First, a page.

Thursday, Feb. 18, 2010 | 2 a.m.
State officials Wednesday praised the importance of a program that brings foreign doctors to Nevada’s medically needy communities, saying the program could be even more successful if federal agencies kept up their side of the bargain.
Foreign doctors working with the J-1 visa waiver program provided about 325,000 services to patients in 2009, state officials said. The 43 J-1 doctors account for 9 percent of the primary care physicians in the state’s underserved areas. The program allows up to 30 new J-1 doctors to work in Nevada per year, but in recent years the state has only been able to attract about 10 per year.
After years of abuse by employers and mismanagement by state bureaucrats, the structure is now in place to ramp up the program so J-1 doctors can treat more needy patients, state officials told the Legislative Health Care Committee on Wednesday.
Christine Roden, who manages the program for the Nevada State Health Division, said the state Board of Medical Examiners and the attorney general’s office have been responsive to complaints from the state when employers have apparently violated the program’s provisions, but problems she has forwarded to federal enforcement agencies have not been addressed.
Sparked by a 2007 Las Vegas Sun investigation that showed widespread misuse of J-1 doctors to benefit employers, the state reformed the program, and Senate Majority Leader Harry Reid and Sen. Kent Conrad, D-N.D. — who created the program — called for the Homeland Security Department to investigate.
Since March 2008, federal investigators have subpoenaed records for 36 J-1 doctors who were hired by six employers — some of them prominent Las Vegas doctors, Roden said. She met in September with a Homeland Security investigator and an assistant U.S. attorney, but little information has been provided since then, she said.
Some employers are still not complying with the guidelines, Roden said, and she has forwarded those issues to the federal government.
“We are still having complaints from physicians regarding heavy patient loads; complaints they’re being threatened at their work site; complaints that they are being asked to do on-call in areas that are not underserved. Those allegations have all gone to Immigration and the U.S. attorney’s office.”
The federal agencies have given no guidance to the state, which is trying to determine whether it should place new J-1 doctors with some of those employers.
“We need to know how to proceed,” Roden said.
Reid told the Sun in a written statement that he remains “deeply concerned” about the allegations of abuse in Nevada and has confidence in the Homeland Security investigation.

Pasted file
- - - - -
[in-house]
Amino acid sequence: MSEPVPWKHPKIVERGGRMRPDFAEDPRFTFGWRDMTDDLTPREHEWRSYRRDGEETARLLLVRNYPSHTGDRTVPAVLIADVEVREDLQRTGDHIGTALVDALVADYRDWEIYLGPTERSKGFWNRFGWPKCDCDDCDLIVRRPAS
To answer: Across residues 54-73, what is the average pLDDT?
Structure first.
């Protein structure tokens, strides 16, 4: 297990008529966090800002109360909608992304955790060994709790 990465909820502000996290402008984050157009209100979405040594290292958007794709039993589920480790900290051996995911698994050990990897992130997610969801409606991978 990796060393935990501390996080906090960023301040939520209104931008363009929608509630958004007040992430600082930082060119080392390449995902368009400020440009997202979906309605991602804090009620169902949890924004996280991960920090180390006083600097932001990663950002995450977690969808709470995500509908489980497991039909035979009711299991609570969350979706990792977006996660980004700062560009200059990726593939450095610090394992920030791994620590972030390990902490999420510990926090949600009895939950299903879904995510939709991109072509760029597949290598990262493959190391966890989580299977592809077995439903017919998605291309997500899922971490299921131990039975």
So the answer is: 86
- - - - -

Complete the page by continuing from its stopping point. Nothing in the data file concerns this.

Reid said he is working with Conrad and the Senate Judiciary Subcommittee on Immigration “on ways to reform existing law to make sure that the J-1 visa program cannot be used as a loophole to exploit foreign doctors.”
Richard Whitley, state Health Division administrator, told legislators the program has made great strides since the Sun investigation. The Sun found that foreign doctors who were hired to work in medically needy communities were being reassigned by their employers, often well-connected physicians, to work in more affluent areas where they made more money for the employers.
Roden listed numerous reforms that were put in place as a result of the Sun’s stories:
-- An advisory committee was created to consider applications and employment contracts at public meetings.
-- A system was established to allow doctors to complain about abuses by employers. And unlike the past, the state has responded.
-- Unannounced site visits verified whether the J-1 doctors were working at least 40 hours a week in the medically underserved areas required by federal law.
-- Legislators passed Senate Bill 229 in the 2009 session, which codified the changes and provided whistleblower protection to doctors who complain about employers.
-- When problems were identified, the state forwarded evidence to the appropriate agencies: the medical board, the Labor Department or Immigration and Customs Enforcement.
Nevada’s J-1 program had been plagued with problems, but now could be a model for other states, officials said. But the federal government’s lack of rigor threatens its success, state officials said.
The J-1 program was created by Congress in 1994 and is a partnership between states and federal agencies, which approve the arrangements and provide law enforcement.
For example, the immigration department approves visas based on the agreement that the doctors work at least 40 hours a week for at least three years in a rural town or blighted urban area that the government has deemed underserved. The Labor Department is charged with making sure the doctors are paid a salary commensurate with what a similarly skilled American physician would earn.
The state Health Division has no muscle, in comparison, and must send complaints to the proper agencies. The federal agencies don’t seem to take ownership of the program, Whitley said.
The breakdowns “still remain at the federal level,” Whitley said.